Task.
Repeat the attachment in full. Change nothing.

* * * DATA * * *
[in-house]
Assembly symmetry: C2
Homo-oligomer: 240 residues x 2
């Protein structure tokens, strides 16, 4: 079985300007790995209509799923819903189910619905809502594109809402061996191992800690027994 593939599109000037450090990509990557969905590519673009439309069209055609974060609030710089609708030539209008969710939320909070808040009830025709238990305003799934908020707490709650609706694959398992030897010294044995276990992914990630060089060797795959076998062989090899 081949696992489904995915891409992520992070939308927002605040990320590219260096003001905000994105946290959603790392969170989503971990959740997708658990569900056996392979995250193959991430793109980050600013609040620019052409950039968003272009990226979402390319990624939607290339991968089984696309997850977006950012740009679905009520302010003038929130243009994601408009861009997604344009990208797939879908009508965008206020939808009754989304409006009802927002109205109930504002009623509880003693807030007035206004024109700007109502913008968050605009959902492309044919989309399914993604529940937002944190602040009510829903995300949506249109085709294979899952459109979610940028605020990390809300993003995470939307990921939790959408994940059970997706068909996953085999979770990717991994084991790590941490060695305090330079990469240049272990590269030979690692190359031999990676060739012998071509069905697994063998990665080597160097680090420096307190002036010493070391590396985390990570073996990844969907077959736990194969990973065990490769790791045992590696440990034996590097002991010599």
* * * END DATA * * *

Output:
[in-house]
Assembly symmetry: C2
Homo-oligomer: 240 residues x 2
């Protein structure tokens, strides 16, 4: 079985300007790995209509799923819903189910619905809502594109809402061996191992800690027994 593939599109000037450090990509990557969905590519673009439309069209055609974060609030710089609708030539209008969710939320909070808040009830025709238990305003799934908020707490709650609706694959398992030897010294044995276990992914990630060089060797795959076998062989090899 081949696992489904995915891409992520992070939308927002605040990320590219260096003001905000994105946290959603790392969170989503971990959740997708658990569900056996392979995250193959991430793109980050600013609040620019052409950039968003272009990226979402390319990624939607290339991968089984696309997850977006950012740009679905009520302010003038929130243009994601408009861009997604344009990208797939879908009508965008206020939808009754989304409006009802927002109205109930504002009623509880003693807030007035206004024109700007109502913008968050605009959902492309044919989309399914993604529940937002944190602040009510829903995300949506249109085709294979899952459109979610940028605020990390809300993003995470939307990921939790959408994940059970997706068909996953085999979770990717991994084991790590941490060695305090330079990469240049272990590269030979690692190359031999990676060739012998071509069905697994063998990665080597160097680090420096307190002036010493070391590396985390990570073996990844969907077959736990194969990973065990490769790791045992590696440990034996590097002991010599």